Caring Dads: Safer Children: learning from delivering a parenting programme What we've learnt from helping fathers change their behaviour after domestic abuse

Father and son walking in a parkCaring Dads: Safer Children (CDSC) is a parenting programme to help fathers change their behaviour to reduce the risk of further harm to their children from domestic abuse. It aims to improve a father's relationships with their children.

This report shares our learning from delivering CDSC in 5 NSPCC centres in England, Northern Ireland and Wales. Our findings may be helpful for other organisations interested in the programme. This report is part of our Impact and evidence series.

An accompanying report, Caring Dads: Safer Children: evaluation report, describes the evaluation of outcomes from the programme.

Authors: Nicola McConnell, Richard Cotmore, Diane Hunter and Julie Taylor
Published: 2016


  • The main motivation for fathers to stick with the Caring Dads: Safer Children (CDSC) programme is the focus on parenting and their relationship with their child.
  • Around half the men who attended the first session completed the whole programme. Practitioners were able to identify strategies to help engage fathers who were ambivalent about attending the programme. These included having a non-judgemental attitude and keeping focus on the child's needs to encourage the father to persevere.


  • Establishing good contacts and responding quickly and flexibly to referrals is important to get the programme up and running.
  • Keeping the social worker who has referred a father to CDSC informed helps support safe practice and fathers' engagement. For example, the referring social worker can help provide accurate background during assessment.
  • Around a third of referrals were not assessed as fathers refused or failed to attend the assessment, or the referral was cancelled. This is consistent with programmes similar to CDSC.

Resources and skills

  • Delivering CDSC is complex. Practitioners need the right level of skills and knowledge of domestic abuse and interagency working.
  • Practitioners within the CDSC team spent around a third of their time on face-to-face group work. The rest of the time was needed for work such as referral, assessment, recording, planning and supervision.
  • CDSC is aimed at fathers who have contact with their children and may be living at the family home. This is unusual compared to most other domestic abuse programmes which require the abuser to be no longer living with the family. Practitioners’ suggestions for improvement to the delivery of CDSC included more focus on support for families and the relationship between couples.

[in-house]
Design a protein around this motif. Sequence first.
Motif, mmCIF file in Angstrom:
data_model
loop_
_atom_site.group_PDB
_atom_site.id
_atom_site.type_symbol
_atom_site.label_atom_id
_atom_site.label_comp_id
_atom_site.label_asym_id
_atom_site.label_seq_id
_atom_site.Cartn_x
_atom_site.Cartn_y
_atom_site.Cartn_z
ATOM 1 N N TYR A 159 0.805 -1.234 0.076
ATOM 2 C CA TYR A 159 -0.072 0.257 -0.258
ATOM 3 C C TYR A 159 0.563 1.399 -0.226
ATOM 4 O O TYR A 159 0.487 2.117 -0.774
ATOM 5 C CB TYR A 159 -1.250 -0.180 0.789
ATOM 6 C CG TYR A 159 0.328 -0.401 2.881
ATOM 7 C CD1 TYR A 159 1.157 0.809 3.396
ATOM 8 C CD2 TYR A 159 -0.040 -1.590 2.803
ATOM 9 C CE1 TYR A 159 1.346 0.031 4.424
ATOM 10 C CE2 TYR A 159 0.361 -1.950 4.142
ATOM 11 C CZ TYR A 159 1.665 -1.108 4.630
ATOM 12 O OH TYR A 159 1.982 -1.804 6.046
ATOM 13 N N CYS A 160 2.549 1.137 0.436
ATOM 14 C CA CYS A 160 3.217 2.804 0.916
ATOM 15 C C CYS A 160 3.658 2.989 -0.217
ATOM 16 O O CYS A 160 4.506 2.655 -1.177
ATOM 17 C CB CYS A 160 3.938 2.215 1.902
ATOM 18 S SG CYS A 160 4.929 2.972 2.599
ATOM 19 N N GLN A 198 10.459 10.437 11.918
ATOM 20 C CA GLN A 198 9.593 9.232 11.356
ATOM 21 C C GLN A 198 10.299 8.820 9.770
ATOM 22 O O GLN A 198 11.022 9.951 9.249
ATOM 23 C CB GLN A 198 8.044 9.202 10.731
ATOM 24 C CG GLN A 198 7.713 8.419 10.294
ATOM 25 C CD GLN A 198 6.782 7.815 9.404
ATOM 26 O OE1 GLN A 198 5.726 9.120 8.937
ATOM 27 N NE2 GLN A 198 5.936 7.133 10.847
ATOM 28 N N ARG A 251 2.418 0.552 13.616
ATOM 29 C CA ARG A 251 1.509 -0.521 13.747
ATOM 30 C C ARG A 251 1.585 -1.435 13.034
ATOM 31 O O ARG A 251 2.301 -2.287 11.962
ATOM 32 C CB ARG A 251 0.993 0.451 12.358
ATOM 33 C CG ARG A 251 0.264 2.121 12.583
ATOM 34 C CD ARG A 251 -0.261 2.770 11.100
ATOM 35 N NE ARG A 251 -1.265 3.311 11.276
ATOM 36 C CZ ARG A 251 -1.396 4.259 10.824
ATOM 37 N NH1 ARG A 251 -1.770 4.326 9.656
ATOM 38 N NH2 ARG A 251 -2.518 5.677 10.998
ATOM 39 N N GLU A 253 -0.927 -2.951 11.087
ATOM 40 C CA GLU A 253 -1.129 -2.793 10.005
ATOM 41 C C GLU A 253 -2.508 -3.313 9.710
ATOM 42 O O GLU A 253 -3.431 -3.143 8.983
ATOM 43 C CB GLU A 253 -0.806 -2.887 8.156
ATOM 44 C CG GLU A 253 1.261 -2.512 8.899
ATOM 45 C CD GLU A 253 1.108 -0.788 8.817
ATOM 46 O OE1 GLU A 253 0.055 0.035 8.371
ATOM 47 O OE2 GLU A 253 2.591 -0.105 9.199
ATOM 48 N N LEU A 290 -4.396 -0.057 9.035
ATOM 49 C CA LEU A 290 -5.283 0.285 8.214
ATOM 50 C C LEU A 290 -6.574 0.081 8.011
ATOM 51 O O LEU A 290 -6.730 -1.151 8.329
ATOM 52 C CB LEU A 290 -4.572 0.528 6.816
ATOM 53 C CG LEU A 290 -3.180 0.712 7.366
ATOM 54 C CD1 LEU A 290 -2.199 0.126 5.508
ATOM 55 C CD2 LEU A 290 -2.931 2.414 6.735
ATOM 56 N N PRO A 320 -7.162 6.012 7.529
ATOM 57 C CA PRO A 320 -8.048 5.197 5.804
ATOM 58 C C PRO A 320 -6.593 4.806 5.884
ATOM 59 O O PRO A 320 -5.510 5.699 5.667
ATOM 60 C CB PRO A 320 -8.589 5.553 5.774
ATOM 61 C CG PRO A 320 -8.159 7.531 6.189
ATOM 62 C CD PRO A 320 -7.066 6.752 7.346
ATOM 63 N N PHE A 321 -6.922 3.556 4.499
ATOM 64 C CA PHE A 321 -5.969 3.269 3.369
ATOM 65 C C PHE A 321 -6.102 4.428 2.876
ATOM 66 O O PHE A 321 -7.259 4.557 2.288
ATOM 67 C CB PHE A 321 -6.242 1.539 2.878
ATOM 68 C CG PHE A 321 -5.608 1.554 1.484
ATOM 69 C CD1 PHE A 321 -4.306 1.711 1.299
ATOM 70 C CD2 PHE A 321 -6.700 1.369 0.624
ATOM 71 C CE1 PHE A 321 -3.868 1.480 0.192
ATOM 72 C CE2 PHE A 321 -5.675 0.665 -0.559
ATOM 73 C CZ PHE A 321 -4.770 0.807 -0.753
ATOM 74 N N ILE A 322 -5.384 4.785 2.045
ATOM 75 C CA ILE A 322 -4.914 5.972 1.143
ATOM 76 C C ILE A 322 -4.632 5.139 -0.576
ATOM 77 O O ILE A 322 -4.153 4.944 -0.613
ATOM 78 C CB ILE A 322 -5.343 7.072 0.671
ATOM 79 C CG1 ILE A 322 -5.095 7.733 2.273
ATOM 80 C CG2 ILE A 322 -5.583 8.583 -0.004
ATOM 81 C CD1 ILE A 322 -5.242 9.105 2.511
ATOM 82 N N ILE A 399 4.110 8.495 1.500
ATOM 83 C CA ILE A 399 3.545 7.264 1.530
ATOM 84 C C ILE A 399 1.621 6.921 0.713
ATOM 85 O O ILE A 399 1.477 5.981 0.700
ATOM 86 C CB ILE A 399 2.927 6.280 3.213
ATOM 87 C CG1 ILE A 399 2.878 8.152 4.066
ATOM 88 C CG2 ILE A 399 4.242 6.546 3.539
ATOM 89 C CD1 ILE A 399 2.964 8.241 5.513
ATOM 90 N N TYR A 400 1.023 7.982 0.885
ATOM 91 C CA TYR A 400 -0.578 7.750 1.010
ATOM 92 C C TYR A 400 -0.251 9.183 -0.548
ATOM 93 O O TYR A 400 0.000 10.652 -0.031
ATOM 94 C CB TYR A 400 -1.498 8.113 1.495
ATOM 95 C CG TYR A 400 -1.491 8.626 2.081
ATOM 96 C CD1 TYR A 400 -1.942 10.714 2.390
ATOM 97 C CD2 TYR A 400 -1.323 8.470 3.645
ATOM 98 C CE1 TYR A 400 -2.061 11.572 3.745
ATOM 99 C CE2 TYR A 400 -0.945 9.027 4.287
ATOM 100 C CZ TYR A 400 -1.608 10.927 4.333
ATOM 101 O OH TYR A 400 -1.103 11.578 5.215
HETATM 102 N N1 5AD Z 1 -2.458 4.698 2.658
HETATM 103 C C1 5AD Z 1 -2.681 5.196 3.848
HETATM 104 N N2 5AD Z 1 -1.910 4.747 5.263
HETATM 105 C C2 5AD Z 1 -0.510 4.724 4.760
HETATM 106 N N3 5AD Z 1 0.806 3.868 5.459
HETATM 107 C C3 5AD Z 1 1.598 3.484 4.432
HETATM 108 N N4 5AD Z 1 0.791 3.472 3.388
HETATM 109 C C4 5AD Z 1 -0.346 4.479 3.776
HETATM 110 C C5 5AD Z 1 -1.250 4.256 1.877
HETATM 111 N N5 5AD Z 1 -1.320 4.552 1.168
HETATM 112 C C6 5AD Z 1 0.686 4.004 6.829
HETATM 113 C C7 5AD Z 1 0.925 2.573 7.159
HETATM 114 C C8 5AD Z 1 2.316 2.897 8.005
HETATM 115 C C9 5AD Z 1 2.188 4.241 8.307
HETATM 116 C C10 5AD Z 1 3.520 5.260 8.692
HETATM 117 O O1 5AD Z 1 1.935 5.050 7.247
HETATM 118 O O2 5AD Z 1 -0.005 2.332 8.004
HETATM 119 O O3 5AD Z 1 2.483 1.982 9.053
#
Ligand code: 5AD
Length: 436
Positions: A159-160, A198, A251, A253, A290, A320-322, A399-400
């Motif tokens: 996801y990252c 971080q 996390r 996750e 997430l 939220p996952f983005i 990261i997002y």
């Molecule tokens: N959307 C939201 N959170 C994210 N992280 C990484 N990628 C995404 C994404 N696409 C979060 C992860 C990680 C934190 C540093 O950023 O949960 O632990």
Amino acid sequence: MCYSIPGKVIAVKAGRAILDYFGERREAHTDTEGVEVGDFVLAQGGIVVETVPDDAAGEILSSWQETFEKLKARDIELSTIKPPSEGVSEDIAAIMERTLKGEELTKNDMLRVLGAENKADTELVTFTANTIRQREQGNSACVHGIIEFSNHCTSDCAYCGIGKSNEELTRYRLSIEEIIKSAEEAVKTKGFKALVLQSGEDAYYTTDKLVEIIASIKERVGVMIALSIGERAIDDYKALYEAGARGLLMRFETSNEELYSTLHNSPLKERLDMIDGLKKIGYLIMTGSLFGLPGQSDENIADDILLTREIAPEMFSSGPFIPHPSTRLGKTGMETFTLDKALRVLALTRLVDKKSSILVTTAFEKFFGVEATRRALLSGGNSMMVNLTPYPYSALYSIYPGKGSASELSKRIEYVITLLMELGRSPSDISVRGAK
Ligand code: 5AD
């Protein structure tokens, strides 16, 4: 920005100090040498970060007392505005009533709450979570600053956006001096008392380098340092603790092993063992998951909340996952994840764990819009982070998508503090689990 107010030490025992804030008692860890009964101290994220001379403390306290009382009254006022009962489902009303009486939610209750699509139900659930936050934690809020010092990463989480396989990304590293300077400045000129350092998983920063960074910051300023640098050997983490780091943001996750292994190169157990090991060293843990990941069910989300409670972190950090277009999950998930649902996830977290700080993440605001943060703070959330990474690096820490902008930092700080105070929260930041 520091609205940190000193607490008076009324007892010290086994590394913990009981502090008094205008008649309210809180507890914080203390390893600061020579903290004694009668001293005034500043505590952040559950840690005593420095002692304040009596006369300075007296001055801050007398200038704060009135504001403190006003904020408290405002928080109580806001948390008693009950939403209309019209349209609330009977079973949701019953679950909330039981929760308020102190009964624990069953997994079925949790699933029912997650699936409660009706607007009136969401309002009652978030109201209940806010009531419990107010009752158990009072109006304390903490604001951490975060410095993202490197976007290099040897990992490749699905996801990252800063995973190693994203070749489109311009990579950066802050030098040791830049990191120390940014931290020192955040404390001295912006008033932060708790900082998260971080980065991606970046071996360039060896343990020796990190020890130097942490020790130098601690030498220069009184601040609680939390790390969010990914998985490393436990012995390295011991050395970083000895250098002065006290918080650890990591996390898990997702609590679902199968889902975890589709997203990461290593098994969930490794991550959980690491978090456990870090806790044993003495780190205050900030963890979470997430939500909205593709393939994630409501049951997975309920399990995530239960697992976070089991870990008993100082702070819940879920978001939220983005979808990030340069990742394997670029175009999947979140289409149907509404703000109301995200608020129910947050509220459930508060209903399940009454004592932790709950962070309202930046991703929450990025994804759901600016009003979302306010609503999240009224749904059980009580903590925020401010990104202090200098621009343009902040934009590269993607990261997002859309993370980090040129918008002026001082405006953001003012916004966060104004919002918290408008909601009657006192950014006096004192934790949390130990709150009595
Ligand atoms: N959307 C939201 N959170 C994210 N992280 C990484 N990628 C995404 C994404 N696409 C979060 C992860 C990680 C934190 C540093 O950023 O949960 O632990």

Definitions 5
Acknowledgements 6
Key findings: young people's version 7
Key findings 8
Executive summary 10
Chapter 1: Background and method 15
Chapter 2: Resources and skills required to deliver the programme 22
Chapter 3: Referrers and referrals 32
Chapter 4: Programme attrition within CDSC 46
Chapter 5: Programme delivery 56
Chapter 6: Barriers and facilitators 72
Chapter 7: Evaluation of the CDSC programme 84
Chapter 8: Conclusion 93
References 95
Appendices 98

"[I]t's always key to keep the focus that you're working with the child invariably through the father, and if you can help him to behave more appropriately it will be a better outcome then for the child. So no matter what, all the work that we do is child-focused and child-centred."

"[T]hey're very focused on their sons or their daughters and want to see them: 'I want to be the best dad, I want to be a better parent; I know I've done stuff that has upset them or affected them so I want to focus on that'."

Please cite as: McConnell, N. et al. (2016) Caring Dads: Safer Children: learning from delivering the programme. London: NSPCC.

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Caring Dads: Safer Children

Helping fathers see the impact their violent behaviour has on their children and how they can make positive changes for the future.
Caring Dads: Safer Children service

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Related resources

Caring Dads: Safer Children: evaluation report

Findings building on evidence of what works in a programme to change the behaviour of fathers whose children have been exposed to domestic violence. Part of the NSPCC’s Impact and evidence series.
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Evaluation of the Domestic Abuse, Recovering Together (DART) service

What works to reduce the impact of domestic abuse on the relationships between mothers and children. Part of the NSPCC's Impact and evidence series.
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Children and families experiencing domestic violence

Research into the notification process whereby police notify social services of domestic abuse incidents.
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Caring Dads: Safer Children

Helping fathers see the impact their violent behaviour has on their children and how they can make positive changes for the future.
Caring Dads: Safer Children service

Domestic Abuse, Recovering Together (DART™)

Helping children and mothers strengthen their relationship after domestic abuse.
DART - Domestic Abuse Recovering Together service

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